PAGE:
Clint Dempsey

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Christian Pulisic can become true star at Chelsea

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For the last seven years, Eden Hazard has graced the Chelsea touchline with a spectacular brilliance, ebbing and flowing through midfielders and around defenders like water in a babbling brook splashes and curls around the rocks in its path.

With Hazard off to Real Madrid, Chelsea reluctantly must begin anew. A new winger has arrived, not to take Hazard’s place – an impossible task in and of itself – but to write his own legacy and build his own following at the London club, one that can blaze a trail no American has trekked before.

Premier League stardom.

Brian McBride, Clint Dempsey, Landon Donovan, Brad Friedel, Tim Howard, DeAndre Yedlin, and others have proven Americans belong at the highest level, but none have achieved the kind of recognition that Pulisic is capable of achieving. None have done what Christian Pulisic hopes to do – shed his nationality and become not an American in the Premier League, but simply a goalscoring and creative force in England’s top flight.

Pulisic has the ability to produce enough brilliance that no longer will Americans have to “blaze a trail” in Europe or “reach new heights” because the Hersey-born kid will have set the bar high enough to erase those terms from the lexicon. This is not to say that Pulisic will win the Ballon d’Or, or that he will become a club legend with the likes of Lampard or Drogba or even Hazard – that much sustained brilliance is in and of itself impossible to predict, for that is precisely what makes a particular career so legendary.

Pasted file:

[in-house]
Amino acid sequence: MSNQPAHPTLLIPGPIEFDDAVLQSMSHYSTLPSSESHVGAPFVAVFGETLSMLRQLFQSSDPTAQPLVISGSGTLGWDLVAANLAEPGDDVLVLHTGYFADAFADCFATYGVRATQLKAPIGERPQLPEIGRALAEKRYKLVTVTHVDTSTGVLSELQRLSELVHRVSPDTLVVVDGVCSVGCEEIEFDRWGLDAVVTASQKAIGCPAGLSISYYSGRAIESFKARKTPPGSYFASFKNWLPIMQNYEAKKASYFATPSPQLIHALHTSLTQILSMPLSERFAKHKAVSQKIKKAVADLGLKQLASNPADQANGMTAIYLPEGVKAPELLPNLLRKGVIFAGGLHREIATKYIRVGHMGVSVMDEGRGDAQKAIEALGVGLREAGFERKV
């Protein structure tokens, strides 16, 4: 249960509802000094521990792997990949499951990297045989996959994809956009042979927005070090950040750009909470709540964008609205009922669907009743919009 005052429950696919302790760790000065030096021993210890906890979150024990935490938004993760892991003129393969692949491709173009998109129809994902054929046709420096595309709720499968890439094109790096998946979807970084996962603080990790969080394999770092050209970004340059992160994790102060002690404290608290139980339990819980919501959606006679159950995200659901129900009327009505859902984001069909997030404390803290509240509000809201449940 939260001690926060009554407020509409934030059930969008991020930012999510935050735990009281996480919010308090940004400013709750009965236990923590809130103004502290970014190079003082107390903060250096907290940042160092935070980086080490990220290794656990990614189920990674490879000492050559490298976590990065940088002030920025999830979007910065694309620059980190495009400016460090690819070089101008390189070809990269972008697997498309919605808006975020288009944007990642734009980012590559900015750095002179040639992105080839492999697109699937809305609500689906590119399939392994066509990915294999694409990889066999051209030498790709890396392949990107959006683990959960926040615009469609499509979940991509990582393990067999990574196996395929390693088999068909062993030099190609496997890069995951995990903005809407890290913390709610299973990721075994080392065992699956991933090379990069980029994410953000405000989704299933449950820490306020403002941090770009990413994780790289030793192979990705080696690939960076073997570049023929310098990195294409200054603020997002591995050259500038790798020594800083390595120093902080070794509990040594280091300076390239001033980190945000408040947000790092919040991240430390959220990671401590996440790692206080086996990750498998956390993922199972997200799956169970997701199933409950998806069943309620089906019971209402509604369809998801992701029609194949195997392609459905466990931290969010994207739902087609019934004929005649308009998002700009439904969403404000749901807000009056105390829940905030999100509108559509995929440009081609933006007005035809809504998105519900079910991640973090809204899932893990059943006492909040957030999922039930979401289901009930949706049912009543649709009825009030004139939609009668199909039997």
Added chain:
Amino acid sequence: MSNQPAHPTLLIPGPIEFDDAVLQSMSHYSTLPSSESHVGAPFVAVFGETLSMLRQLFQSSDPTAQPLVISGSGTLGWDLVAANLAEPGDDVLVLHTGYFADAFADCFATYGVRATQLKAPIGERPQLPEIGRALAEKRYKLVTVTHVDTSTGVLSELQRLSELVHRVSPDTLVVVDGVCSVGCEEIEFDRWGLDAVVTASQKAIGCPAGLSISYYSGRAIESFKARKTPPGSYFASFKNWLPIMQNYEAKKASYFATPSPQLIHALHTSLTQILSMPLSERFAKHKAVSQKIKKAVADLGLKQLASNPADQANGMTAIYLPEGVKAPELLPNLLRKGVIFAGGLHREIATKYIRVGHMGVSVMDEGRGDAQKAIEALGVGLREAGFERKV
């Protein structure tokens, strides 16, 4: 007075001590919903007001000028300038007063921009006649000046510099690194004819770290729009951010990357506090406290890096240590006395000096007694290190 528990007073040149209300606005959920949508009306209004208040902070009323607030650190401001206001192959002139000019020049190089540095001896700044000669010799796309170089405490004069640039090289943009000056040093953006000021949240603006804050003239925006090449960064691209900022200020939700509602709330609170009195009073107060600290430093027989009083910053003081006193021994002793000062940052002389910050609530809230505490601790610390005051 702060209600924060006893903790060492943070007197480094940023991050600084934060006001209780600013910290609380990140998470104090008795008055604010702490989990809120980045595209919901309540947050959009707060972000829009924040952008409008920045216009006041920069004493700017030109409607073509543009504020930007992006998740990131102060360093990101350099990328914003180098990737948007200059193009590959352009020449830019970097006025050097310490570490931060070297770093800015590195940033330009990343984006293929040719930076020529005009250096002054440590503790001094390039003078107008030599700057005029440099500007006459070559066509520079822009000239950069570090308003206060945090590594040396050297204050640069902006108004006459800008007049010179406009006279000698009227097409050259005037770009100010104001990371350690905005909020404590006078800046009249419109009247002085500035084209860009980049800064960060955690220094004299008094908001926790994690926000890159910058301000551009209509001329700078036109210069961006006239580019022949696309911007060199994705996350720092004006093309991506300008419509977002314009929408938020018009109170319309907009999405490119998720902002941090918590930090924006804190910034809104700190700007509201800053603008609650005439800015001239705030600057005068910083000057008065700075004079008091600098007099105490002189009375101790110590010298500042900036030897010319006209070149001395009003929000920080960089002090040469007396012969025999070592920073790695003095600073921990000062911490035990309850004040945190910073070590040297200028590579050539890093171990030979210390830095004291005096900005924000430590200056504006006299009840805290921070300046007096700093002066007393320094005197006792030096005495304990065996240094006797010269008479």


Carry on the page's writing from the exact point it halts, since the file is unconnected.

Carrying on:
No, the American simply has to be himself, for Borussia Dortmund and U.S. National Team fans have already seen what he can do when his excellence is allowed freedom of expression. If Frank Lampard and Chelsea allow Pulisic the same autonomy showed to Hazard, they shall reap the rewards of his inate exuberance and boyish glee. If USMNT fans have learned anything by watching Pulisic over the last few years, it is that he genuinely, authentically loves to play the game, and that love has both expression and reverberation on the pitch in both quantifiable and imperceptible results.

Yes indeed, this is unquestionably setting the bar extremely high for a player just 20 years old, a peril the American media has failed to traverse numerous times with countless talented players in the past. Yet Pulisic is intrinsically different – he no longer has to prove himself. He has withstood the beatings of CONCACAF and scaled the Yellow Wall where other Dortmund players have wilted under its immense pressure. This is as battle-tested as 20-year-olds come, and Chelsea now possesses a player capable of setting Stamford Bridge alight.